34. Renewable Energy A basic analysis of the Savonius wind 1 day ago   48:03

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The Atmosphere, the Ocean and Environmental Change (GG 140)

Renewable energy sources are discussed. These include wind energy, solar energy, biomass energy and geothermal energy. Energy from wind is acquired through the use of large wind turbines. These turbines ideally need to be located in areas where there is strong wind and low atmospheric turbulence. Solar power is collected using both photovoltaic solar cells and concentrated solar power. Energy from biomass can be produced in two ways: burning biomass to generate electricity or fermentation to produce fuel ethanol. Geothermal energy is produced by pumping water below the earth's surface into areas of hot rocks which heats the water and creates steam. This steam is then run through a turbine to produce power.

00:00 - Chapter 1. Renewable Energy Sources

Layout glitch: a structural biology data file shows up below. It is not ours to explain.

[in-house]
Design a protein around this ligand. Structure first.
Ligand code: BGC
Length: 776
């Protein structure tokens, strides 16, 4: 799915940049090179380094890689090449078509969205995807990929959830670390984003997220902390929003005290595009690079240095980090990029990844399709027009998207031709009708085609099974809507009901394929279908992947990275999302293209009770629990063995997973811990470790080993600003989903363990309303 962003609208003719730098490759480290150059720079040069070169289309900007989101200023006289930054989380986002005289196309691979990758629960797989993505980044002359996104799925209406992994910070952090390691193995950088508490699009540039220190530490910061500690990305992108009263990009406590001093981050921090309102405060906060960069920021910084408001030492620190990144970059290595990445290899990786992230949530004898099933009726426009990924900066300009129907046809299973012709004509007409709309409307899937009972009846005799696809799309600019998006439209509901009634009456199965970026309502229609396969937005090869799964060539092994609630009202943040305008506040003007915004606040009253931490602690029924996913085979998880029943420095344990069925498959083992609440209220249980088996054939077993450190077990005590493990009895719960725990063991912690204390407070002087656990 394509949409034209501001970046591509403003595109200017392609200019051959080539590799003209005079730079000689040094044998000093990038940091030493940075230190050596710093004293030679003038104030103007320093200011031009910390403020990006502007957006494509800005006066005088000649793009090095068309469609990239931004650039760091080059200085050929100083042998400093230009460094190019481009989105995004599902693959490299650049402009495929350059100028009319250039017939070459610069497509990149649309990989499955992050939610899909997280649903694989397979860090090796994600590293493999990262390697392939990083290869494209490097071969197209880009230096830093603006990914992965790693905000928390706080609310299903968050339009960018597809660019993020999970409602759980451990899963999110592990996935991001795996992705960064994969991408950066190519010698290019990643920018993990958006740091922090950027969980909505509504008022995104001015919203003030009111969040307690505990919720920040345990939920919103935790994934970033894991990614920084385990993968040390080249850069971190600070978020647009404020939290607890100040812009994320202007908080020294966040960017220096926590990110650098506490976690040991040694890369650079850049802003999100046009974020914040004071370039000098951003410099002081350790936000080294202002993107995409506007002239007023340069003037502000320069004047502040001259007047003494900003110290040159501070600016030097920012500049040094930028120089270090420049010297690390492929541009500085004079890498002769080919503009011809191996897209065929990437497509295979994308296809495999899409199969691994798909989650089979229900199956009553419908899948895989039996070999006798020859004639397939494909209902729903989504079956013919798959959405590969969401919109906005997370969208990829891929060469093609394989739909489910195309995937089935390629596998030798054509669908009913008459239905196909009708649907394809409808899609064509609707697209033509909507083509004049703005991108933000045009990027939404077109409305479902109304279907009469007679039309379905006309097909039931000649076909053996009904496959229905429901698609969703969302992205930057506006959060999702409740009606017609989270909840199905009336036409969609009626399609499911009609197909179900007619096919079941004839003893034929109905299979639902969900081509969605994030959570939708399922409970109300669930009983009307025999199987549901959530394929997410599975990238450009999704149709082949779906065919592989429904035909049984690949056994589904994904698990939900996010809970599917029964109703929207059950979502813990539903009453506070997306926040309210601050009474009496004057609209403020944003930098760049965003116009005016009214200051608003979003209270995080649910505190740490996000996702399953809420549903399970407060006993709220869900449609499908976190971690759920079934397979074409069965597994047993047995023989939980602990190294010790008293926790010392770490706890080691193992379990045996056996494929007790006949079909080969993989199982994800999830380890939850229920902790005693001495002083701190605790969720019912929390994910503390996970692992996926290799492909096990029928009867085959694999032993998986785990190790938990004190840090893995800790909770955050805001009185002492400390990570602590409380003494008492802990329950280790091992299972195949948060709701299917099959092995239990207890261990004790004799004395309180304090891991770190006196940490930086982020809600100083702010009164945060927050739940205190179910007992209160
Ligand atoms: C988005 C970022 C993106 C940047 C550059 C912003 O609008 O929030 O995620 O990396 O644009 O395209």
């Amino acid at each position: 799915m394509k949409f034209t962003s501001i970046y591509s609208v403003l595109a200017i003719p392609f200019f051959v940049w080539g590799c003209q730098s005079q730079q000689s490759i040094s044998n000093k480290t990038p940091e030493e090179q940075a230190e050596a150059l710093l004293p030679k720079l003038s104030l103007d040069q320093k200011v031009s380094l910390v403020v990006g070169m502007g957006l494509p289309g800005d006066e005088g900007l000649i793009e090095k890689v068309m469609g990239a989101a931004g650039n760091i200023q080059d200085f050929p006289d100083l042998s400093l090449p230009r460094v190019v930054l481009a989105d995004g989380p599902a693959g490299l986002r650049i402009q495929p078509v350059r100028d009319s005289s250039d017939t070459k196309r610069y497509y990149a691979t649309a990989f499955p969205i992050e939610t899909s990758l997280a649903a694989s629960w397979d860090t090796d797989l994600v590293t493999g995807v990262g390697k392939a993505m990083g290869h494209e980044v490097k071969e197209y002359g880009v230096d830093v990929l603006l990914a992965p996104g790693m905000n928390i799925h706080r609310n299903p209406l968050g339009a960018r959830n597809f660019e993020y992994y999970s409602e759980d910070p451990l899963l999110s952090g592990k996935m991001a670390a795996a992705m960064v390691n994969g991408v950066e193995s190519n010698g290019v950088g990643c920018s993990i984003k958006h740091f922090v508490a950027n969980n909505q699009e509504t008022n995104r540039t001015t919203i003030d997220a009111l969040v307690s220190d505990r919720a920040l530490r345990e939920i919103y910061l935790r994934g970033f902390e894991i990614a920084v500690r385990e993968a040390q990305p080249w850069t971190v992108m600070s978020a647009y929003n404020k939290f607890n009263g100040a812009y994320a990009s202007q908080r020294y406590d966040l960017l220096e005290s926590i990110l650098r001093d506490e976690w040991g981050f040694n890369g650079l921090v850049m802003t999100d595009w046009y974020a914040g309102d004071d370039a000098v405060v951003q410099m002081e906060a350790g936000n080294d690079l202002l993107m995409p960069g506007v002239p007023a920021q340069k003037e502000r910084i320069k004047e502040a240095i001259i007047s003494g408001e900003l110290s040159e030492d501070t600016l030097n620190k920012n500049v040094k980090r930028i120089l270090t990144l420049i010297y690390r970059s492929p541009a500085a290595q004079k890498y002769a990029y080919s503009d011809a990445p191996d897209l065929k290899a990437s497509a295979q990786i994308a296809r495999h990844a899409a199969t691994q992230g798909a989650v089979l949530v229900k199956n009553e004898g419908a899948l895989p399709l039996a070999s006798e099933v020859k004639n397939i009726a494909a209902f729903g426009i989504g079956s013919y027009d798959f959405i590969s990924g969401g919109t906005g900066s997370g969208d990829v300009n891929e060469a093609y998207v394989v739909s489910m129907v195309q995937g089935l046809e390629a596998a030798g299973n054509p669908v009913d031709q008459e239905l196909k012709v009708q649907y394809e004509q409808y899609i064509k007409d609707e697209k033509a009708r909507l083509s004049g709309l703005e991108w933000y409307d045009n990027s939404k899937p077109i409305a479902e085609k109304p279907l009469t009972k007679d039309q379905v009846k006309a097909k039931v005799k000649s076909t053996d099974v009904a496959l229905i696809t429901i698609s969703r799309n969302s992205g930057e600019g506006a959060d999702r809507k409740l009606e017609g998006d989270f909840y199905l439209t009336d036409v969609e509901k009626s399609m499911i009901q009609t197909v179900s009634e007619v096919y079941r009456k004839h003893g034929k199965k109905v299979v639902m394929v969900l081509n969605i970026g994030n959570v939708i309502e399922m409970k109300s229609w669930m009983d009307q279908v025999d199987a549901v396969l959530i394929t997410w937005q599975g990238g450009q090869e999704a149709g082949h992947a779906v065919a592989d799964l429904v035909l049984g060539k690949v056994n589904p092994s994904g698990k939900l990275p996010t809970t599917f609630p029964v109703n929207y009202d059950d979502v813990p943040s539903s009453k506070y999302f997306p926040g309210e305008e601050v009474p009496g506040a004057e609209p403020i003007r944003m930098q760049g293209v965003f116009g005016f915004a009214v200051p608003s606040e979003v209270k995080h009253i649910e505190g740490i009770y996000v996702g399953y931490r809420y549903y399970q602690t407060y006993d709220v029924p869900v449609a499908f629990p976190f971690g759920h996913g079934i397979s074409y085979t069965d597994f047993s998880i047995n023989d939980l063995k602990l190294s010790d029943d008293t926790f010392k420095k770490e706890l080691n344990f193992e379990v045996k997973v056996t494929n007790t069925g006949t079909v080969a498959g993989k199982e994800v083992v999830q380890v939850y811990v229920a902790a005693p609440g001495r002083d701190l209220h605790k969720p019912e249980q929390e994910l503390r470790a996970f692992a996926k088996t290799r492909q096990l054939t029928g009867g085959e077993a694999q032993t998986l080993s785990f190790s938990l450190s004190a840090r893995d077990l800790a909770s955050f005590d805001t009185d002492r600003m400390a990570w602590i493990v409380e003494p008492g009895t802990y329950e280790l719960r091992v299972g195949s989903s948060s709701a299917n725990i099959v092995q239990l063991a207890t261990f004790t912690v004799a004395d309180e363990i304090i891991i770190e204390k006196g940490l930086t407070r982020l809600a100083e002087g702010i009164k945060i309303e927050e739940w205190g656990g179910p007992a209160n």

02:20 - Chapter 2. Wind Energy
35:19 - Chapter 3. Solar Power
42:18 - Chapter 4. Biomass Energy
45:14 - Chapter 5. Geothermal Energy
46:45 - Chapter 6. Electricity Sources

Complete course materials are available at the Open Yale Courses website: http://oyc.yale.edu

This course was recorded in Fall 2011.
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A basic analysis of the Savonius wind 34. Renewable Energy 1 day ago   02:37

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Jon
Basic analysis of the Savonius Wind Turbine Shape. I mentioned in the video that at a certain part of the rotation of the turbine that there is practically no collection of the windforce converted to usable power. This however can be overcome by using the "stacked and (angle, 180 degrees rotated) offset" of another Savonius on top of the first one. In a way this is somewhat then like a 4 bladed Savonius that is possible, or a dual Savonius. This will then give 4 pulses per revolution in this configuration. Of course the more you stack, the more weight on the rotation axis support bearings, so then lighter/stronger materials should be considered.

In general, the larger the windblades of the Savonius turbine, the larger both the collected/rotation forces and drag forces. The blades can be larger in the horizontal, vertical or both dimensions. The smaller the turbine blades (from the axis to the tip of the blade), the faster the rotation and the less torque force developed. This loss in torque then can be recovered if the blades are made "taller" in the vertical dimension.

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